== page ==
Civic Engagement in Austin: Views on the "10-1" System

In November of 2014, Austin elected its city council under a new system of geographic representation. Ten City Council members were elected, each representing a newly drawn geographic district, along with a new Mayor. Many community leaders and groups supported this transition to a “10-1” system in hopes that it would open opportunities for diverse city council candidates, improve voter turnout, and increase the sense of connection between city council members and their constituents.
From January to April 2015, 172 Austinites from all ten districts were interviewed by the 60 members of the Leadership Austin Essential Class of 2014-15. The interviewees included citizens and community leaders, former candidates for city council, and all sitting members of the current city council. These interviews explored the ways Austin’s citizens are interacting with their communities, their thoughts about levels of engagement with city government among people in their districts, and their hopes and concerns for Austin’s new system of geographic representation. 

While a range of views were expressed, some themes emerged strongly from these interviews:

  • A sense of cautious optimism about the promise of Austin’s new 10-1 system to improve the representativeness and responsiveness of city government, tempered by concern about low or uneven levels of political participation across the city.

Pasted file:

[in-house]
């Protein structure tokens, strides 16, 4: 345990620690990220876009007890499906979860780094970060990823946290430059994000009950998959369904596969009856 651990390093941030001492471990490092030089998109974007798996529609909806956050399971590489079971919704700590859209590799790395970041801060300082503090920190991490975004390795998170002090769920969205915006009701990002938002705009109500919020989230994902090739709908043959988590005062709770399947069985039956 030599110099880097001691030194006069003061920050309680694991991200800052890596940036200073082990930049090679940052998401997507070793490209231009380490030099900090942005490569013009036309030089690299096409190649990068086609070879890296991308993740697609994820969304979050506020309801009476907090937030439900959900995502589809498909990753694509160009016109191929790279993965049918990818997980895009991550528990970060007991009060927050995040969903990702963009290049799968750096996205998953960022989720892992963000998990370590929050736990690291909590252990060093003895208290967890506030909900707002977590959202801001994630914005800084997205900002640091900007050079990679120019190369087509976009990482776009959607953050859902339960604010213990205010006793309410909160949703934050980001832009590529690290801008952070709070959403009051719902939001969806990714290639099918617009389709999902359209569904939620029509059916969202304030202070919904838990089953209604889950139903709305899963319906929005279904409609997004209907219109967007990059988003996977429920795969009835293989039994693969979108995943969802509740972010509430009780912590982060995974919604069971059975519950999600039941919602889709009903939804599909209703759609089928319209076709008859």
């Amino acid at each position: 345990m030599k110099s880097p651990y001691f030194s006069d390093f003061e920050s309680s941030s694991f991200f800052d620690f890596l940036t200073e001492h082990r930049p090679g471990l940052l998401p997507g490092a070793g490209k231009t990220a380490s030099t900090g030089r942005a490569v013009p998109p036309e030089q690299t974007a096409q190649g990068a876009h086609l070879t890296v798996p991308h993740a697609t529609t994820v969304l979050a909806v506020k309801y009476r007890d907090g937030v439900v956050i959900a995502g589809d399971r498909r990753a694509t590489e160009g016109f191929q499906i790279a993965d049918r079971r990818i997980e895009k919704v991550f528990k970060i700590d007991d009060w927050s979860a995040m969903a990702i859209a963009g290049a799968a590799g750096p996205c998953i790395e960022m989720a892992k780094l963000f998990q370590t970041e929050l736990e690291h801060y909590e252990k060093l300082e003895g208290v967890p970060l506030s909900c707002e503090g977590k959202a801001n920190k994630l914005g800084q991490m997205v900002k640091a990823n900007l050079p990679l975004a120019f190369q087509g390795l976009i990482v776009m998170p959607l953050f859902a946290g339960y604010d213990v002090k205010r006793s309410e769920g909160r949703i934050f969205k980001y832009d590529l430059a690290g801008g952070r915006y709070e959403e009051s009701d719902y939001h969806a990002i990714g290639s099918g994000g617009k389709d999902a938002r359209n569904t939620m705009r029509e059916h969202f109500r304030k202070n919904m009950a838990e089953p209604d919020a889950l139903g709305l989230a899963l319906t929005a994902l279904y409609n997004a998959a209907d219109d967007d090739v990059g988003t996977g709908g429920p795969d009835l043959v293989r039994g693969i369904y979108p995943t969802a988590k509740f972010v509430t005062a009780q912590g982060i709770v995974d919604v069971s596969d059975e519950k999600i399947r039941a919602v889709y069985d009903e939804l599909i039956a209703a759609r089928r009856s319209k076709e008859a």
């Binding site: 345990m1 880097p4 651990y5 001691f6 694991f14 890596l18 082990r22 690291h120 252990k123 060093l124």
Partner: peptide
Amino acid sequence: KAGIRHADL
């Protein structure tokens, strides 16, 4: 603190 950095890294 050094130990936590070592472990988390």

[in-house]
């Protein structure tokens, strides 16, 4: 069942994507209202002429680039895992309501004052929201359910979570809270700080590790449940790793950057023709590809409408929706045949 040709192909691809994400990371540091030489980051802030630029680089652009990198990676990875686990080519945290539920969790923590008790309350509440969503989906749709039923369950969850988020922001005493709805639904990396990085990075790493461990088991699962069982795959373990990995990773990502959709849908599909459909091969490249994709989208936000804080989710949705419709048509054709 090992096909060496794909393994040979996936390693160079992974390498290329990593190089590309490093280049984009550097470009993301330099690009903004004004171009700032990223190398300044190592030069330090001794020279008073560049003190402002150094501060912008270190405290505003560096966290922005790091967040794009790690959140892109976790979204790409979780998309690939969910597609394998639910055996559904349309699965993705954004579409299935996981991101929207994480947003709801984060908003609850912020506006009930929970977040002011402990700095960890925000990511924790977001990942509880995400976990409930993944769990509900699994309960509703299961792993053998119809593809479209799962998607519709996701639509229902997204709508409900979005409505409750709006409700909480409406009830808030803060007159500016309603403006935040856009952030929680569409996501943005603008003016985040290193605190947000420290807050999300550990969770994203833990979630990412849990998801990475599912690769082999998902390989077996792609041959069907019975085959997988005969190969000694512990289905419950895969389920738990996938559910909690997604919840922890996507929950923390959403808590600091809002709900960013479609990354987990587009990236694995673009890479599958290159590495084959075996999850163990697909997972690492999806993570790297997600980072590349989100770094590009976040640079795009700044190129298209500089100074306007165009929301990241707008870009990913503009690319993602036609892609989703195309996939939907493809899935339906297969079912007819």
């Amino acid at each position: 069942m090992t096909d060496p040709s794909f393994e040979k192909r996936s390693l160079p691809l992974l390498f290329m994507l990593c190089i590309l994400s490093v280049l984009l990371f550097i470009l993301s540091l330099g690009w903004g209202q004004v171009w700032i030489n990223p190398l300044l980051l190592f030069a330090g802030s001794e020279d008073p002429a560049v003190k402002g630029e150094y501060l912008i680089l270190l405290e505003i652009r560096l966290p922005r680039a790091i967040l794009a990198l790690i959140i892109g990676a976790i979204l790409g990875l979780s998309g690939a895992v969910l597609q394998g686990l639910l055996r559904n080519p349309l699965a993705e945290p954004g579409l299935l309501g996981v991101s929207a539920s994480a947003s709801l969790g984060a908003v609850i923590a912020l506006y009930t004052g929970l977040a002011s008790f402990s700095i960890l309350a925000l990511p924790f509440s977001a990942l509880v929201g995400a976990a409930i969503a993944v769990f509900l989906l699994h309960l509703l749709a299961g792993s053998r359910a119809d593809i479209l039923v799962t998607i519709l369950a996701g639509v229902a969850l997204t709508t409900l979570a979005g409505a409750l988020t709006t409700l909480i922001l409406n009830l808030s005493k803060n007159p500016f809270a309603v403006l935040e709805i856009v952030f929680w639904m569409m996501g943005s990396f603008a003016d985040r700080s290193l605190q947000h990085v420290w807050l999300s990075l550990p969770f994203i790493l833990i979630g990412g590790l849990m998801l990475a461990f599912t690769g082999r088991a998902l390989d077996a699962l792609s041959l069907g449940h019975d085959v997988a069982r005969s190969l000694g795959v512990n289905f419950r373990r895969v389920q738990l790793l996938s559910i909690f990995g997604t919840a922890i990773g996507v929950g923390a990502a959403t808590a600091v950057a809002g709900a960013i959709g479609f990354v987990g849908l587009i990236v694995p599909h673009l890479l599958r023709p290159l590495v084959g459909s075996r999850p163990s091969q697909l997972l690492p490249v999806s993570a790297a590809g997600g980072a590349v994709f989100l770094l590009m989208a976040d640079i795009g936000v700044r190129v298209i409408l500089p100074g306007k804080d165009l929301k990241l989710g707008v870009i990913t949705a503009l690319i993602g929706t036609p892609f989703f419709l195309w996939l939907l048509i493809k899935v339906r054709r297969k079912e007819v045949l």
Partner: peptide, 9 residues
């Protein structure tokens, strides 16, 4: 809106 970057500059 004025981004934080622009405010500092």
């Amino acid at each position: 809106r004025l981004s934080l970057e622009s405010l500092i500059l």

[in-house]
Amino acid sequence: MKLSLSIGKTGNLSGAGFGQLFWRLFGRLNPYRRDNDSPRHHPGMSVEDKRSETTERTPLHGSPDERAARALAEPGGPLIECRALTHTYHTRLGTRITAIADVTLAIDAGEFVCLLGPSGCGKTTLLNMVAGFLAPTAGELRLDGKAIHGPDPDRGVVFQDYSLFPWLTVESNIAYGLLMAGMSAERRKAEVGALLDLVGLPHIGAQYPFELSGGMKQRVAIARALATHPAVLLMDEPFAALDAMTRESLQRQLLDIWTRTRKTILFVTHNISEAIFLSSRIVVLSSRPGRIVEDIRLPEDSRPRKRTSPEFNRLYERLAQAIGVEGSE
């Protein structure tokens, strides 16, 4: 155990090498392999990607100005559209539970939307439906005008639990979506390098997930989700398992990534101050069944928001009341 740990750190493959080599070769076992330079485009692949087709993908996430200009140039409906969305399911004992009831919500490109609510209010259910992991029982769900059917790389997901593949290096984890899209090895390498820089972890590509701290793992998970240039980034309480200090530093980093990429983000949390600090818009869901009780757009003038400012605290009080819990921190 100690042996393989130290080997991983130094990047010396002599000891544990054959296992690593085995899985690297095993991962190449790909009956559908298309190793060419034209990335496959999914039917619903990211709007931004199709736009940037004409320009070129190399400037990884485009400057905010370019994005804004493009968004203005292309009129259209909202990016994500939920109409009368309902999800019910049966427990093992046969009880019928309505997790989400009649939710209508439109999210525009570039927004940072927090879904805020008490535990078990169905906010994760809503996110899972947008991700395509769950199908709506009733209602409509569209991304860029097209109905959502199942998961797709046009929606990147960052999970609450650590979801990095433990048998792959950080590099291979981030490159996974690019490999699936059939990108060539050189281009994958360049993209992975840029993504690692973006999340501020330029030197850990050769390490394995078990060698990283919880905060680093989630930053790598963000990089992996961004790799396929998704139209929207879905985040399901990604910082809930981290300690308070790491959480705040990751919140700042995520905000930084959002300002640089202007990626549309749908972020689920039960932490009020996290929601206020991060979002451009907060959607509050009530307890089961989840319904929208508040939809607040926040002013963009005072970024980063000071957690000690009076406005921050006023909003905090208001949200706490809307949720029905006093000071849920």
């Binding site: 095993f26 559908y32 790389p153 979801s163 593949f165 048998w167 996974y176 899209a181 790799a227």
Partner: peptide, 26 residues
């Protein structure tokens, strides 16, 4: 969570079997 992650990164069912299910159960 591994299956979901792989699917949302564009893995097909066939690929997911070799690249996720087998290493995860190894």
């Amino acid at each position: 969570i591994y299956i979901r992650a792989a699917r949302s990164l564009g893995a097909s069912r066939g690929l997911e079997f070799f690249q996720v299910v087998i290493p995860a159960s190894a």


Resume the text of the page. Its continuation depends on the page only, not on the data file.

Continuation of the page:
• A concern about socioeconomic, racial, and political divides across and within districts – the sense that the city may be far from “one Austin” – along with the hope that geographic representation can help close those divides.
  • A sense that the 10-1 system should not be judged too quickly and that time will be needed to assess and perfect it, but also a sense that additional changes need to be put in place immediately to realize 10-1’s promise of creating a new relationship between the public and city government.

This report briefly explains how geographic representation came to Austin, paying particular attention to the city’s history of uneven and declining political participation and imbalanced ethnic and racial representation in city government.  It then describes how Austinites from across the city view the transition to 10-1 — their hopes, concerns, and suggestions for improvement.

Read the full report and learn more about civic engagement in Austin.